scriptures.

Finally, Peter concludes his epistle with two exhortations that
summarize the content of his entire epistle]

IV. SUMMARY EXHORTATIONS (Vs 17-18)

   A. BEWARE LEST YOU FALL, BEING LED AWAY BY ERROR
      1. This verse (v 17) summarizes all that Peter was doing in
         chapters two and three
      2. Peter's concern is in view of the very real danger of apostasy
         a. He has already described those:
            1) Who were guilty of "denying the Lord who bought them"
               - 2 Pe 2:1 
            2) Who "have forsaken the right way and gone astray" - 2 Pe 2:15 
            3) Who having "escaped the pollutions of the world" are
               "again entangled in them and overcome" - 2 Pe 2:20 
         b. He has just described those:
            1) Being "untaught and unstable"
            2) "...twist the scriptures to their own destruction" -
                2 Pe 3:16 
      3. Brethren, the danger of apostasy is very real, and so Peter
         says "beware lest you also fall"!

   B. GROW IN THE GRACE AND KNOWLEDGE OF JESUS CHRIST
      1. This verse (v18) summarizes the main points of chapter one
      2. In which Peter had described:
         a. Blessings which come by the grace and knowledge of Jesus
            Christ - 2 Pe 1:1-4 
         b. How one grows in the knowledge of Jesus Christ - 2 Pe 1:5-11
         c. The need for frequent reminder, and to heed the testimony
            of apostolic testimony and the prophetic word - 2 Pe 1:12-21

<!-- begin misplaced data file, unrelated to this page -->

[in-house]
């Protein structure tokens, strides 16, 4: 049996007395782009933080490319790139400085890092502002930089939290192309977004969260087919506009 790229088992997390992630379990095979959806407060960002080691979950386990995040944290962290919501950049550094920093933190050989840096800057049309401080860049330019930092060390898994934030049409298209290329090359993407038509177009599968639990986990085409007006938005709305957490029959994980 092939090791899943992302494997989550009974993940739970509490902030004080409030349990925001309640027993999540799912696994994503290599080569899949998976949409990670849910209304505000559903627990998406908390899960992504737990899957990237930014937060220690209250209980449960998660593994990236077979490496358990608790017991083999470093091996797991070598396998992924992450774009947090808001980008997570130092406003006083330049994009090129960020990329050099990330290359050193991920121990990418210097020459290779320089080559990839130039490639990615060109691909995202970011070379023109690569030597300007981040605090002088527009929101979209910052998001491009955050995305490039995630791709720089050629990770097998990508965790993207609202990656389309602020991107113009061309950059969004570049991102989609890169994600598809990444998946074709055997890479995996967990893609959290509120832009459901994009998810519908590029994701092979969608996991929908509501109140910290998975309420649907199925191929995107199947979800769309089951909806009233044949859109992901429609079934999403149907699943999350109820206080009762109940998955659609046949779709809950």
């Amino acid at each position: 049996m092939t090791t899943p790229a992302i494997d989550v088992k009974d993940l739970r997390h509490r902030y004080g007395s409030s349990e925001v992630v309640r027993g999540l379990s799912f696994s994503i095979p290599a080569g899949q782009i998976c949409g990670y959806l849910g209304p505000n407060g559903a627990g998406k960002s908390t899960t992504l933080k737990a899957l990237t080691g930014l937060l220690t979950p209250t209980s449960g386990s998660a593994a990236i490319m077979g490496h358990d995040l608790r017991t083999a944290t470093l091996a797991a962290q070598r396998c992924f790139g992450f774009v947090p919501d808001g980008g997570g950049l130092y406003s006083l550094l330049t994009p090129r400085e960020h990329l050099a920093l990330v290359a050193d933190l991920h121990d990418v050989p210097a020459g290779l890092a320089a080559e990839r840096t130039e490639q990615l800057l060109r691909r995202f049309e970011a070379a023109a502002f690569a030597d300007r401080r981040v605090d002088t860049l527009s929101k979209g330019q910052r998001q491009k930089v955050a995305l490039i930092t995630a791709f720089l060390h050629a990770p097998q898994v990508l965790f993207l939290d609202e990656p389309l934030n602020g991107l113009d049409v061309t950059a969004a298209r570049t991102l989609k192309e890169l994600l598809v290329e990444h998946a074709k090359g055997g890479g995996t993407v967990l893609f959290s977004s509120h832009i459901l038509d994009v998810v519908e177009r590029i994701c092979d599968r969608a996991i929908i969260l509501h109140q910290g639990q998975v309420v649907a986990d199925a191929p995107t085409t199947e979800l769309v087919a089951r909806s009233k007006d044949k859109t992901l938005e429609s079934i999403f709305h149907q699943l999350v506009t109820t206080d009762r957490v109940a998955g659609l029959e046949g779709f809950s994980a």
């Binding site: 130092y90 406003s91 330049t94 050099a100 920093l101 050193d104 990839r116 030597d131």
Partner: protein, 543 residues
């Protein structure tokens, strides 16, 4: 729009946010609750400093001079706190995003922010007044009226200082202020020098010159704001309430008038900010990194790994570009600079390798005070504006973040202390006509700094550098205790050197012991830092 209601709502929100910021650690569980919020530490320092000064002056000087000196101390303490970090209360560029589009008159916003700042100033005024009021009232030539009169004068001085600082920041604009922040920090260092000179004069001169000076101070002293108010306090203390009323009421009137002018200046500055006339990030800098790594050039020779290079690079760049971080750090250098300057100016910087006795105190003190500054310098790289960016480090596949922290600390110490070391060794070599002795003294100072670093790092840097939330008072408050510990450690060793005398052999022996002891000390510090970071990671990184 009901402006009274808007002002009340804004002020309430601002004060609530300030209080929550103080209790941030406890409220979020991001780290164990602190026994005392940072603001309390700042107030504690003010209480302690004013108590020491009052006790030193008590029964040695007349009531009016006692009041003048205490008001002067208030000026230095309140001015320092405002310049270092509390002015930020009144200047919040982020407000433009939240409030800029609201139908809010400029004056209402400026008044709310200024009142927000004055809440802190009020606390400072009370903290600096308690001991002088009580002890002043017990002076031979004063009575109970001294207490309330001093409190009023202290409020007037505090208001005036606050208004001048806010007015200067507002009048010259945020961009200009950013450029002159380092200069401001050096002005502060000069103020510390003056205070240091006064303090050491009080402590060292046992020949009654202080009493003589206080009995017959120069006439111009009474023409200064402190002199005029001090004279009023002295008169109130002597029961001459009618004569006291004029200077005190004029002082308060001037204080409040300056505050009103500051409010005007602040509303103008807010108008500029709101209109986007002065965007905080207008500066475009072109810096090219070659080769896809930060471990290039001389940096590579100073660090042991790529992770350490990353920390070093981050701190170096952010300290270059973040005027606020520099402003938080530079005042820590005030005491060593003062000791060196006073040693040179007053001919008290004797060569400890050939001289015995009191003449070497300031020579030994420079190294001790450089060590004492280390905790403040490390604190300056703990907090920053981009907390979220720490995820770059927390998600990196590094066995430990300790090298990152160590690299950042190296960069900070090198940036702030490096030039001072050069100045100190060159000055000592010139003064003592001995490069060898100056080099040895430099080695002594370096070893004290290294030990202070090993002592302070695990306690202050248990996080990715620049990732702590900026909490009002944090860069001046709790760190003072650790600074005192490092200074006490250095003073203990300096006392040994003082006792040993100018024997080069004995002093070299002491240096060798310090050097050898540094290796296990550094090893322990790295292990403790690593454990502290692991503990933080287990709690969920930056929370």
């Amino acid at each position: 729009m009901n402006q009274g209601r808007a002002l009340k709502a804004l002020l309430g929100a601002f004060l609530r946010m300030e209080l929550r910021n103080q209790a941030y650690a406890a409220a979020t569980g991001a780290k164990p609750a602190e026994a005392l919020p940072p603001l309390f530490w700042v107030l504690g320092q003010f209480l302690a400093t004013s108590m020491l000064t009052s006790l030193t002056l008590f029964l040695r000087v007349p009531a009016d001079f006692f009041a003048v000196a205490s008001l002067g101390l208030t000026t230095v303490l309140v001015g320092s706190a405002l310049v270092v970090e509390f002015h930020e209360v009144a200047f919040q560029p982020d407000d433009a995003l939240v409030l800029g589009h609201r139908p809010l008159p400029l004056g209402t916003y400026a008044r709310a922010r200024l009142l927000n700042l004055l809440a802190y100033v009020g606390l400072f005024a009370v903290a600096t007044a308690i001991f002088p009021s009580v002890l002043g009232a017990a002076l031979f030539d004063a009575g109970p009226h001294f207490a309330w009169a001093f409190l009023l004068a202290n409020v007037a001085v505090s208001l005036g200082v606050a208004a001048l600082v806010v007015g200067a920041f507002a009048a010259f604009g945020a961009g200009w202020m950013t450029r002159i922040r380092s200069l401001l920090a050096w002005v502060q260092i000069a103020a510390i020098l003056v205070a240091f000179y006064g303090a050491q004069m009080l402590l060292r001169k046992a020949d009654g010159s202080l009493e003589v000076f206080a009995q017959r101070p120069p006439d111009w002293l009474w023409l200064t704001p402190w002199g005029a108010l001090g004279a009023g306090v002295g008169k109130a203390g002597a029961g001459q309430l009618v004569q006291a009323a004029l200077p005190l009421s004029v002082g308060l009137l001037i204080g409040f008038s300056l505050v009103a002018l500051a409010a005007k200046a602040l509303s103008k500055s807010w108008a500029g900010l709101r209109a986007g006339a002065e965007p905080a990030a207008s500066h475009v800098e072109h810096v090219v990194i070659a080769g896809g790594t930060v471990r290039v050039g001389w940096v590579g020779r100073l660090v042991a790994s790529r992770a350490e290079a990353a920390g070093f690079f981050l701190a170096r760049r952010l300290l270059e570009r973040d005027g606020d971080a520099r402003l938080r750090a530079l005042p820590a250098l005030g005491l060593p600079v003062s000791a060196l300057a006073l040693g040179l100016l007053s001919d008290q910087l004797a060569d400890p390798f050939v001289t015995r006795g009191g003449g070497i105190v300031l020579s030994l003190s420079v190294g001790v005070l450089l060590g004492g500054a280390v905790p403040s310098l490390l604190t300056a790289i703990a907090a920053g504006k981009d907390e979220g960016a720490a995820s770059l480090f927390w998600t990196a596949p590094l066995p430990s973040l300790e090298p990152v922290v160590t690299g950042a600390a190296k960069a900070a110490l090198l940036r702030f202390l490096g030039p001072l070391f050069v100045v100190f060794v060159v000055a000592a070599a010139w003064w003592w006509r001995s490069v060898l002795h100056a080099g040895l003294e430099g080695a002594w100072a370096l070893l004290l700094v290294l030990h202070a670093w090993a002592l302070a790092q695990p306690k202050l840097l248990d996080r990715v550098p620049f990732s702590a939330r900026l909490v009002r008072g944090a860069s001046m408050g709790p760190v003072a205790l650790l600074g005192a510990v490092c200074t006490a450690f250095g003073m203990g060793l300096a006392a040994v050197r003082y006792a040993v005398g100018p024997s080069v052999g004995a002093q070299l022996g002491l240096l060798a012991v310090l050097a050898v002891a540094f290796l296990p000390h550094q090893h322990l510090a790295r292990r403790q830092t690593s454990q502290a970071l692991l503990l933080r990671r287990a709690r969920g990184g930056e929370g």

3. In this verse, then, is the key to avoiding apostasy:  "Grow!"
         a. Grow in the grace of Jesus Christ, by appreciating and
            appropriating all of God's unmerited favor
         b. Grow in the knowledge of Jesus Christ as defined by Peter
            in chapter one, developing those Christ-like qualities he
            listed

CONCLUSION

1. Peter closes his second epistle with a simple yet heartfelt
   expression of praise:

   "To Him be the glory both now and forever. Amen"

2. It was not long after Peter penned these words that he "put off his
   tent" (2 Pe 1:14), and joined that great multitude described by
   his fellow apostle John

   "{9} After these things I looked, and behold, a great multitude
   which no one could number, of all nations, tribes, peoples, and
   tongues, standing before the throne and before the Lamb, clothed
   with white robes, with palm branches in their hands, {10} and crying
   out with a loud voice, saying, "Salvation belongs to our God who
   sits on the throne, and to the Lamb!" - Re 7:9-10 

3. Brethren, don't we desire to join that throng one day?  If so, then
   let us heed these final words of Peter to his beloved brethren
   a. Be diligent to be found in peace, without spot and blameless
   b. Remember, the longsuffering of the Lord is salvation
   c. Don't twist the Scriptures to your own destruction
   d. Beware lest you fall, being led away by error
   e. Grow in the grace and knowledge of Jesus Christ

Are you using the longsuffering of the Lord to apply all diligence in
growing in the grace and knowledge of the Lord?  Have you even begun?

If not, then heed the words of Peter in his first gospel sermon
- cf. Ac 2:36-39